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ERIC Number: ED535536
Record Type: Non-Journal
Publication Date: 2009
Pages: 148
Abstractor: As Provided
Reference Count: 0
ISBN: ISBN-978-1-1094-5142-9
Experimentally Testing a Narrative Sense-Making Metaphor Intervention: Facilitating Communicative Coping about Social Aggression with Adolescent Girls
Willer, Erin K.
ProQuest LLC, Ph.D. Dissertation, The University of Nebraska - Lincoln
Social aggression, including behaviors such as gossip and friendship manipulation, can be damaging to girls' individual and relational well-being. As a result, the purpose of the present dissertation study was to test a narrative sense-making metaphor intervention with middle schools girls experiencing social aggression in order to facilitate communicative coping. Testing this intervention method is important given that social aggression is associated with negative mental health outcomes, as well as an unwillingness to forgive. The expressive writing paradigm (Pennebaker, 1997a) provided an empirical backdrop for the intervention given research that suggests that narratively processing stress is an effective means of coping with it. Additionally, the proposed intervention drew on other principles from narrative theorizing, in the fields of narrative psychology and therapy, including externalization (White & Epston, 1990) and redemptive framing (McAdams, Diamond, de St. Aubin, & Mansfield, 1997) in order to help middle school girls communicate about and cope with social aggression through art and metaphor. The present dissertation specifically tested the impact of engaging in three sense-making processes on well-being and forgiveness over a nine-week period. These processes included targets telling a story of an experience with social aggression, drawing and talking about an externalizing metaphor representing their feelings associated with the event, and drawing and talking about a redemption metaphor representing something positive that came out of the negative experience with social aggression. Forty girls from six middle schools participated in the intervention that took place once a week for three consecutive weeks and one time six weeks posttreatment. Analyses revealed some treatment effects on well-being, including significant decreases in mental health symptoms between Times 1 and 3 and decreases in negative affect between Times 1 and Times 2, 3, and 4. Participants did not report significant increases in forgiveness over the course of time. Implications of these findings in light of narrative theorizing are provided, as well as limitations and suggestions for future research. [The dissertation citations contained here are published with the permission of ProQuest LLC. Further reproduction is prohibited without permission. Copies of dissertations may be obtained by Telephone (800) 1-800-521-0600. Web page:]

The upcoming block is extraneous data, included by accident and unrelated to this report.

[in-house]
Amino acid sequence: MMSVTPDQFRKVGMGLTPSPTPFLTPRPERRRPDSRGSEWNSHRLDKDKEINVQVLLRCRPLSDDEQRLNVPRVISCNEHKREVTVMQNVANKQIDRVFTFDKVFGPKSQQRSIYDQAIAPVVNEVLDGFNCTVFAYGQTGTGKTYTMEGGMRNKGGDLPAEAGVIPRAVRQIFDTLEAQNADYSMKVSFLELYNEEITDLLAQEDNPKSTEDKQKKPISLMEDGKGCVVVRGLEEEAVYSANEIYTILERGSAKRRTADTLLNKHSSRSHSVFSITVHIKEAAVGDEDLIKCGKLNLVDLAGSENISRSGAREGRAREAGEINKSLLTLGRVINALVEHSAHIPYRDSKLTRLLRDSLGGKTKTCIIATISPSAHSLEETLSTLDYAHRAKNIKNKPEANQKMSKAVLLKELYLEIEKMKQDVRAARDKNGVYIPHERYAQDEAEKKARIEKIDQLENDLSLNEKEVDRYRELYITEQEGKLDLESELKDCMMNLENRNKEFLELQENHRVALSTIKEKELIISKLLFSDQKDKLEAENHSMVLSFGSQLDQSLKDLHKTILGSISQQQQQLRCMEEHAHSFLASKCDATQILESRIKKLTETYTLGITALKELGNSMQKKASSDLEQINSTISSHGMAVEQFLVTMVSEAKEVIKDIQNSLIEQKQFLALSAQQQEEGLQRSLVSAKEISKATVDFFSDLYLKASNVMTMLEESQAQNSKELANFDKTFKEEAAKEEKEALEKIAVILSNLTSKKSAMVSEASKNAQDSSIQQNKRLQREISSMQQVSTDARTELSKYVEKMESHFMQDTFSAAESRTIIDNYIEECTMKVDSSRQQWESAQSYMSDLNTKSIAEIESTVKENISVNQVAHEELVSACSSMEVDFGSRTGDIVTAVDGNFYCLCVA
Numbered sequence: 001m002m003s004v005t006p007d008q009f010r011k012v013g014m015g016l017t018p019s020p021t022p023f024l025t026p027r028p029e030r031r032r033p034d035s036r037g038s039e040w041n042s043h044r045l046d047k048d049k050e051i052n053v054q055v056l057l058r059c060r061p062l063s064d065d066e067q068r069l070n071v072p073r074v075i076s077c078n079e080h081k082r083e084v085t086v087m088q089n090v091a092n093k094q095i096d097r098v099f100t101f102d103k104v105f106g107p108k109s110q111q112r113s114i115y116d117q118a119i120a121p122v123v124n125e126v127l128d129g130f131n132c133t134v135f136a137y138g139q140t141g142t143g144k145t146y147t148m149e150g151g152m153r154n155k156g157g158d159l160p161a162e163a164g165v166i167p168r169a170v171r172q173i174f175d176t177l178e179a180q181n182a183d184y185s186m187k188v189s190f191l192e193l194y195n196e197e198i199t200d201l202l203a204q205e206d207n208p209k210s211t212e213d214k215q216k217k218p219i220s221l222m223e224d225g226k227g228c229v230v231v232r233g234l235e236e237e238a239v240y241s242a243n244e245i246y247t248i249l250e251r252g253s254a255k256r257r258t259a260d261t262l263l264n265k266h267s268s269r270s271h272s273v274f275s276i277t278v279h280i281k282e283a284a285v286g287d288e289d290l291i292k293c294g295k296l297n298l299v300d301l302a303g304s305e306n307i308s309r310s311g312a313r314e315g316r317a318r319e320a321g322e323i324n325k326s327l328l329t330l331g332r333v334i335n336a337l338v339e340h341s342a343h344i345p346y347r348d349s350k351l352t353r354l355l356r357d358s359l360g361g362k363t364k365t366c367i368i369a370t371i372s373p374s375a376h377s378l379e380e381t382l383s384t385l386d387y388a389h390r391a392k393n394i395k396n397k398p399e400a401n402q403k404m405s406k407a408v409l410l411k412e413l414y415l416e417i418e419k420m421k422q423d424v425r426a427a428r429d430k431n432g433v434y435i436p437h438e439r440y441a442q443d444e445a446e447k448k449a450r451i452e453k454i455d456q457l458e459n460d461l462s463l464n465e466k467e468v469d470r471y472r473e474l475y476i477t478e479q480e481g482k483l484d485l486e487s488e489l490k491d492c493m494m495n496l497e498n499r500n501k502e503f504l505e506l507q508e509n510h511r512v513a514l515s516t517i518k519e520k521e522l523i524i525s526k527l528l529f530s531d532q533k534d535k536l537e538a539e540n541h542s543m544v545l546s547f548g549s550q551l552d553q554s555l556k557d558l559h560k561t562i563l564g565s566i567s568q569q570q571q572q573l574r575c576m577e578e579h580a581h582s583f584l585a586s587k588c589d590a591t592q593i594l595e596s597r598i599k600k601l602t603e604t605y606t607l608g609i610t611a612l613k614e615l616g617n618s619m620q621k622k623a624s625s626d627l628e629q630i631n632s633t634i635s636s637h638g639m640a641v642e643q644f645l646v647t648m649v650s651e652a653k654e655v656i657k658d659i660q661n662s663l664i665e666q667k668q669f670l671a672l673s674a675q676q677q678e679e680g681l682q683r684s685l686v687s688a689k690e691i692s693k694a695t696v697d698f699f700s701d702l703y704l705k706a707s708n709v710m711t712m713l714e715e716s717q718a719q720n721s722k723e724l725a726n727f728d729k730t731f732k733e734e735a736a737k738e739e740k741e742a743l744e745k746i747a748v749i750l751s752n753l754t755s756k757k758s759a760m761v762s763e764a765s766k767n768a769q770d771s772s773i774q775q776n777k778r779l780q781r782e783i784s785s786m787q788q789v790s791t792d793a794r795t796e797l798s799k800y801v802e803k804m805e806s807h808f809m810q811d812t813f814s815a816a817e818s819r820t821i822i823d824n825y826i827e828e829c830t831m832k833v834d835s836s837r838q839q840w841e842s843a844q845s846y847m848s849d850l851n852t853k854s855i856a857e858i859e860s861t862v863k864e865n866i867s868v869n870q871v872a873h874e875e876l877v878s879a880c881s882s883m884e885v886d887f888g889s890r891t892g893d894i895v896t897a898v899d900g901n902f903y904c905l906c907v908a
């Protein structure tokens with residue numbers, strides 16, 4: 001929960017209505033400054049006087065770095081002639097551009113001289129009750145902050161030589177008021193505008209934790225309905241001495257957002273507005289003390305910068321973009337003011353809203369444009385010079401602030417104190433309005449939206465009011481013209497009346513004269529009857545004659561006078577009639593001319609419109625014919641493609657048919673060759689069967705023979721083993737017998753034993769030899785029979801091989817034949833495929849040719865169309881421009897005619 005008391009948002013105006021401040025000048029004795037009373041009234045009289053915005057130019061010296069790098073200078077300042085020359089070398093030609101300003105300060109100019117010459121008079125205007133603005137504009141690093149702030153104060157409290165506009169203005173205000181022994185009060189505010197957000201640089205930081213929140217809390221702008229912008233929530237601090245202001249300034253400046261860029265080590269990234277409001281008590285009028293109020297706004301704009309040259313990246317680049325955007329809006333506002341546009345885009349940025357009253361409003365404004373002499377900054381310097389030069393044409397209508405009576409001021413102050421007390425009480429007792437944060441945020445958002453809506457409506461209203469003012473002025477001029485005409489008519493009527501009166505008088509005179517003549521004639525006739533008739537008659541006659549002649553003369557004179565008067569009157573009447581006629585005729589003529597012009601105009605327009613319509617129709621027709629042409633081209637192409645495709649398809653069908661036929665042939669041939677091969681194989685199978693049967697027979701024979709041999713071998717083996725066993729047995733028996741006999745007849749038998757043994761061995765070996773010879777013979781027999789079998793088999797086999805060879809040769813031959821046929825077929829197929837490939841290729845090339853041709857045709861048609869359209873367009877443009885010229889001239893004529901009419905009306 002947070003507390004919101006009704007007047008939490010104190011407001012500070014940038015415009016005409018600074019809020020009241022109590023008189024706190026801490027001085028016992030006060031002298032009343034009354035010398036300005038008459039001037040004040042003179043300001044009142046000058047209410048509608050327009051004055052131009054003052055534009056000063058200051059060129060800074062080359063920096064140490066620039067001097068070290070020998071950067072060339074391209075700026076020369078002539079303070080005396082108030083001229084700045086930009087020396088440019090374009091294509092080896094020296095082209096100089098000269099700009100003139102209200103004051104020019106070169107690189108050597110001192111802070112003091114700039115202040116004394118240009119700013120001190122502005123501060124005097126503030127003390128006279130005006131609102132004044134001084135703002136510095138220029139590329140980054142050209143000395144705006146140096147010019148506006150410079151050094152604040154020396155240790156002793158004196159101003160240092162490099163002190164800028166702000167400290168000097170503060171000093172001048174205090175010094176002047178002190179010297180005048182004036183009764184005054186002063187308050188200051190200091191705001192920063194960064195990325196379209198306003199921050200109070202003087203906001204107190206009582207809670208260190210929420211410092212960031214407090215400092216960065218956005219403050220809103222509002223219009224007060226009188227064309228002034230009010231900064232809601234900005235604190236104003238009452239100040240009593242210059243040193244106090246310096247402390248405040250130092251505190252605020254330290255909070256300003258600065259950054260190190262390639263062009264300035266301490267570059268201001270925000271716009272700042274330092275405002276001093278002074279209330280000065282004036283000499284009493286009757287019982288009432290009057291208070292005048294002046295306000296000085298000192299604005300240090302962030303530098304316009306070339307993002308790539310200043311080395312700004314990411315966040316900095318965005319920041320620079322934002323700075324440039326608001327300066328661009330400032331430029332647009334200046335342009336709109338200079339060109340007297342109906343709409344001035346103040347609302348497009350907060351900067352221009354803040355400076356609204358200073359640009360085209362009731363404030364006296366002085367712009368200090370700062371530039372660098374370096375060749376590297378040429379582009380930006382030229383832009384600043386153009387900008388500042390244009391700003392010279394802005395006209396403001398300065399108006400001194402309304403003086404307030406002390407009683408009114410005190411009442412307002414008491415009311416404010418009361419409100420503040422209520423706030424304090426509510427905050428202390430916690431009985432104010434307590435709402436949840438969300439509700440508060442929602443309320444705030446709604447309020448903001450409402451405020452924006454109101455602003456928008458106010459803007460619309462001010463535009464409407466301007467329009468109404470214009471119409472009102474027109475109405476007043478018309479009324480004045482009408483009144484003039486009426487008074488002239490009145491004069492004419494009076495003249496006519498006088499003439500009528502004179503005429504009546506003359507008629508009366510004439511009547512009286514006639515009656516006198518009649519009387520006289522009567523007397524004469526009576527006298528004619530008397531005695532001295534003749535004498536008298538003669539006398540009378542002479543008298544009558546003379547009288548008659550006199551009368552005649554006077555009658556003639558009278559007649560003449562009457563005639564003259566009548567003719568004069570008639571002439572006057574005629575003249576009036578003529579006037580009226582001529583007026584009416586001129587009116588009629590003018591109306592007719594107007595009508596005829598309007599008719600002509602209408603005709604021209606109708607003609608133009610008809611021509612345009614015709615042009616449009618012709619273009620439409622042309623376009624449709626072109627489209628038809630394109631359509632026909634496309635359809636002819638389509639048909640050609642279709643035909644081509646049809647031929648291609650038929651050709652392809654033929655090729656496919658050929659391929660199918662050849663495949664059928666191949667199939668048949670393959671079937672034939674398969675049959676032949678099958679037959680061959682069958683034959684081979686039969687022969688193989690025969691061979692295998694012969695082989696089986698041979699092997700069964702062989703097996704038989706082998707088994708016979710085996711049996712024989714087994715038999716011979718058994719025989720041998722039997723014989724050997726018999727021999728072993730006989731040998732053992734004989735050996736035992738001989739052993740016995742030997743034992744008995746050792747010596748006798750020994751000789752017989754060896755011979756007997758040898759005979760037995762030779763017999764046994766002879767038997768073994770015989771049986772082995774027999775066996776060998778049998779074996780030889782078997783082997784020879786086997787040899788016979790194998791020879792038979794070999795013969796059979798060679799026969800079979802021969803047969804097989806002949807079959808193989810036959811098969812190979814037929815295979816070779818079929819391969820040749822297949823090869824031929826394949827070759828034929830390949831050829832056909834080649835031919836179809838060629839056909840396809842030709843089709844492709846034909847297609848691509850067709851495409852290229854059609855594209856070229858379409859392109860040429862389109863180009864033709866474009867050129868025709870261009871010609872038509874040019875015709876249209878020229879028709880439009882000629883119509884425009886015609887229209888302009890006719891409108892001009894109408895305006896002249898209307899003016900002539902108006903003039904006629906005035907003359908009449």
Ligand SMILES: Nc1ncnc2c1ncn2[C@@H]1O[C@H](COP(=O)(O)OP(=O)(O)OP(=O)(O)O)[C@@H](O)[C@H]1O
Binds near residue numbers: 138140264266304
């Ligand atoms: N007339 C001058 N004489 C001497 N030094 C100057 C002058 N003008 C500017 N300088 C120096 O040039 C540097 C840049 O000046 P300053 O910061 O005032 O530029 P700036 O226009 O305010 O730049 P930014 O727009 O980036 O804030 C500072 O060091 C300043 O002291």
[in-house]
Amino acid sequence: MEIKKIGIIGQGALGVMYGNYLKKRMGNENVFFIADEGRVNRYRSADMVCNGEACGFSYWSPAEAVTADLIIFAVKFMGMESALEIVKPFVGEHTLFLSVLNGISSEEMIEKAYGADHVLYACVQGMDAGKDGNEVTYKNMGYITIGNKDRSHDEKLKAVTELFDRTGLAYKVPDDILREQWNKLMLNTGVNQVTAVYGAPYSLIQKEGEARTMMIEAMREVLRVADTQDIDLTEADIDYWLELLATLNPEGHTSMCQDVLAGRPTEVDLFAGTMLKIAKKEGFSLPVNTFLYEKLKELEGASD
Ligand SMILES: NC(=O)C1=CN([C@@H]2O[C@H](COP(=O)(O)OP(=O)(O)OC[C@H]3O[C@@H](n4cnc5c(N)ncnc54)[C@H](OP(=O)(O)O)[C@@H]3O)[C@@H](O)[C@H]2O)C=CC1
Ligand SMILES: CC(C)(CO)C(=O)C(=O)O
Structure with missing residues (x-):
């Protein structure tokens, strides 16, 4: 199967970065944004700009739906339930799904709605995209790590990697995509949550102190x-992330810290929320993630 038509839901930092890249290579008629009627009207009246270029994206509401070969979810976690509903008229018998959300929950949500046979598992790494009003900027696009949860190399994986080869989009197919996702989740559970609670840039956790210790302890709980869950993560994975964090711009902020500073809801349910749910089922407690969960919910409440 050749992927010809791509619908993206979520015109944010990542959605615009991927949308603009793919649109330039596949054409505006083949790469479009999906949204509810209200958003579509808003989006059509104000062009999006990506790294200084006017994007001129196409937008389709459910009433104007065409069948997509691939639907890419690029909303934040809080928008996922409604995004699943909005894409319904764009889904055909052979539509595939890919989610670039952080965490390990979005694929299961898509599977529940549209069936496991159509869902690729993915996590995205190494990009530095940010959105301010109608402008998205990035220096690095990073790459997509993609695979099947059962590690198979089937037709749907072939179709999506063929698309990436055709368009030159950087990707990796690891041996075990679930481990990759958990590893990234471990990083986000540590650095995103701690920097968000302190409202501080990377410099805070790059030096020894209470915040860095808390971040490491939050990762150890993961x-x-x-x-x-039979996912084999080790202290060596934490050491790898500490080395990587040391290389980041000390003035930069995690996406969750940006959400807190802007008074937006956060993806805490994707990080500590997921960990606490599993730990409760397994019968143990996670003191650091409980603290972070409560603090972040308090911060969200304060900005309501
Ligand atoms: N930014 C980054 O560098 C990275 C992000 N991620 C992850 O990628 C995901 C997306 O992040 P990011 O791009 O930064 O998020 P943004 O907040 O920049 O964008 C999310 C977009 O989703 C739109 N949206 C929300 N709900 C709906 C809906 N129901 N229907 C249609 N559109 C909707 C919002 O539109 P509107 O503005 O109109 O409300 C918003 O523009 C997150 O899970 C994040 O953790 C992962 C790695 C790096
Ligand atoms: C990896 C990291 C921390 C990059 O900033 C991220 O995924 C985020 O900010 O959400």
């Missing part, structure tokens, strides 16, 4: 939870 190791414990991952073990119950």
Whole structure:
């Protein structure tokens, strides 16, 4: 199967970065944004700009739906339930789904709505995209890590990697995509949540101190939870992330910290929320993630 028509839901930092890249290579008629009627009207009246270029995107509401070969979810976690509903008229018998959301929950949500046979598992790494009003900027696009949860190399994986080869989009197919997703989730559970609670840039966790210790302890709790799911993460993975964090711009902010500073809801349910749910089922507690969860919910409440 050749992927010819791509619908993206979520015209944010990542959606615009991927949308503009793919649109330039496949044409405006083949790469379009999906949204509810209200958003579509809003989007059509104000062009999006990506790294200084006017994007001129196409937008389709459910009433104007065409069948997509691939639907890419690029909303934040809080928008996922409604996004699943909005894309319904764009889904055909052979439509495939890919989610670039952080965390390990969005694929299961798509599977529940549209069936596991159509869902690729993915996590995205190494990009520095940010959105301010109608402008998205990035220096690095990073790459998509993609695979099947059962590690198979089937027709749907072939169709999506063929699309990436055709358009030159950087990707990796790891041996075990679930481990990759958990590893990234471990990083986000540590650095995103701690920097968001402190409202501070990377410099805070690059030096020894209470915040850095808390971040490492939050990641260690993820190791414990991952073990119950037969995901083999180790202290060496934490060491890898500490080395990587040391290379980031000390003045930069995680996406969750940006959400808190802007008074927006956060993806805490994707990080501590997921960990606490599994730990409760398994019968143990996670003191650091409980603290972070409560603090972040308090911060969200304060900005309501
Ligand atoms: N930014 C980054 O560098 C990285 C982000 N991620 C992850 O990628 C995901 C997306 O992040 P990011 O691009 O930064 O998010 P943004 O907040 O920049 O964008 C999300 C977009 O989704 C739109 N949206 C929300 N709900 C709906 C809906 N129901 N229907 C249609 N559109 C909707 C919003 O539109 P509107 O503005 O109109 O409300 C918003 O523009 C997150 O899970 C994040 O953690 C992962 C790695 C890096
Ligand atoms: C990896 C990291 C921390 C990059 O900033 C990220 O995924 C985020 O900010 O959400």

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Publication Type: Dissertations/Theses - Doctoral Dissertations
Education Level: Middle Schools
Audience: N/A
Language: English
Sponsor: N/A
Authoring Institution: N/A